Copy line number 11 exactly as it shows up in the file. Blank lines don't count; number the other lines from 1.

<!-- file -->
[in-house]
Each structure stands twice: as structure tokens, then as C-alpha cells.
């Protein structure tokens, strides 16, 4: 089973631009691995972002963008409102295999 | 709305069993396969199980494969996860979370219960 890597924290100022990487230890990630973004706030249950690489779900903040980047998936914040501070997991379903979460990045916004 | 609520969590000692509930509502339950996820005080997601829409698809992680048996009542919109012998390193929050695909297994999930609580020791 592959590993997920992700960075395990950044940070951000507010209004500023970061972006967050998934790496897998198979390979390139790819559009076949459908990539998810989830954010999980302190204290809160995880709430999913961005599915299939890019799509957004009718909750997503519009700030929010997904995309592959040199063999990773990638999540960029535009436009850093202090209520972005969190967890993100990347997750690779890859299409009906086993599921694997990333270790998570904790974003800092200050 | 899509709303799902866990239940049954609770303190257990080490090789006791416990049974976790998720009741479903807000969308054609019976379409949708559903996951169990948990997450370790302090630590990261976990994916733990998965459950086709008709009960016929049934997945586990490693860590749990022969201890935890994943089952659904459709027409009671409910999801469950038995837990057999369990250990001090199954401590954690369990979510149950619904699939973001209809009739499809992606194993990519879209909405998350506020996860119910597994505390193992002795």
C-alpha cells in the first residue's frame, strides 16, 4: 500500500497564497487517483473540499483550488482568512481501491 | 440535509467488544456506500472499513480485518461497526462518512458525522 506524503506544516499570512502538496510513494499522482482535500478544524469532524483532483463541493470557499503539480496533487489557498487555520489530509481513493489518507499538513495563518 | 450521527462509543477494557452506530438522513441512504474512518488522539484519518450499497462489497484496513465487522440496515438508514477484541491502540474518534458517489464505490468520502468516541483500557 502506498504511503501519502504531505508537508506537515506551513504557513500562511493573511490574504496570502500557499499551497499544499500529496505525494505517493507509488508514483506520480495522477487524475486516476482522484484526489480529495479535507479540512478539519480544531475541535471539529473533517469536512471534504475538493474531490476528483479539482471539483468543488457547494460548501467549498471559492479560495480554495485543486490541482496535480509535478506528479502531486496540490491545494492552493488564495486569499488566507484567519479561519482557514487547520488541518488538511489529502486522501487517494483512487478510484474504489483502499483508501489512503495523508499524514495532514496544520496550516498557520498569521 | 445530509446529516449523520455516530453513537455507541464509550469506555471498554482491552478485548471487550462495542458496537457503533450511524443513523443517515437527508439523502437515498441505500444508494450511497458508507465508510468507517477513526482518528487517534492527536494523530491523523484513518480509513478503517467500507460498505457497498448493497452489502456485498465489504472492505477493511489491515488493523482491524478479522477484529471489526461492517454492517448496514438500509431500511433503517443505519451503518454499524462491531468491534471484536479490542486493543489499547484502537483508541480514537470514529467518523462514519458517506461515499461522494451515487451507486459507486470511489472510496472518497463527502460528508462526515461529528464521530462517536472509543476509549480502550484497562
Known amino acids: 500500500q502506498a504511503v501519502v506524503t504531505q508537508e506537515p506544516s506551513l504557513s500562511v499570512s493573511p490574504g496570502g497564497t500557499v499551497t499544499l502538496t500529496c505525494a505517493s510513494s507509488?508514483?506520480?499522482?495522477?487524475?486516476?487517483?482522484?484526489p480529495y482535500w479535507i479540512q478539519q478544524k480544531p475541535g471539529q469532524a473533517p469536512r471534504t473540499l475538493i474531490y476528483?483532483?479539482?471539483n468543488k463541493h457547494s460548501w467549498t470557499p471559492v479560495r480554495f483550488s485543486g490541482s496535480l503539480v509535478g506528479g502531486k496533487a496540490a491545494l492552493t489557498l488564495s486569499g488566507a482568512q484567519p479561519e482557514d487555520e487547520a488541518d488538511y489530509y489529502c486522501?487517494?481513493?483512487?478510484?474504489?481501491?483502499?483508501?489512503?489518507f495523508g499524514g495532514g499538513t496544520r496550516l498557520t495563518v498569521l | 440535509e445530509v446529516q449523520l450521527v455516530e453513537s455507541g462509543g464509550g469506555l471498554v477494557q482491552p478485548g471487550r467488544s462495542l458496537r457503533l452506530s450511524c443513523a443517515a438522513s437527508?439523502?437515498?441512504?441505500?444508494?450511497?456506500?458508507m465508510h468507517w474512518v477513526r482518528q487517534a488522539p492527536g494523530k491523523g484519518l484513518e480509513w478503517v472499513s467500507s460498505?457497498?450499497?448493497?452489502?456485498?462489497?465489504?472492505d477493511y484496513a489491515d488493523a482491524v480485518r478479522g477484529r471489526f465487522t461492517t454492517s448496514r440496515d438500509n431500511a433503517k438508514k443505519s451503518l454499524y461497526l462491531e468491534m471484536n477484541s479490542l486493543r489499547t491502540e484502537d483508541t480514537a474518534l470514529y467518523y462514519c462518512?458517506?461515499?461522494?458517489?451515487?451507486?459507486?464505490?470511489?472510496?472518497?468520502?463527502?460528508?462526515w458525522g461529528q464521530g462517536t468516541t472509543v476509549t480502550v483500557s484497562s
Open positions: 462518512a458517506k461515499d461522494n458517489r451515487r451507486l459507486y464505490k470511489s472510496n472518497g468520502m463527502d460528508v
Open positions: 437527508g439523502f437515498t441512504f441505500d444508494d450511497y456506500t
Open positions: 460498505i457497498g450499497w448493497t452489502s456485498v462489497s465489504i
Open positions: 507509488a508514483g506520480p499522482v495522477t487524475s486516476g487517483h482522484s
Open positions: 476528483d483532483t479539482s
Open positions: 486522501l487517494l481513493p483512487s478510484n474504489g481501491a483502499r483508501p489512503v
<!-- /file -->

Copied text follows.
Open positions: 486522501l487517494l481513493p483512487s478510484n474504489g481501491a483502499r483508501p489512503v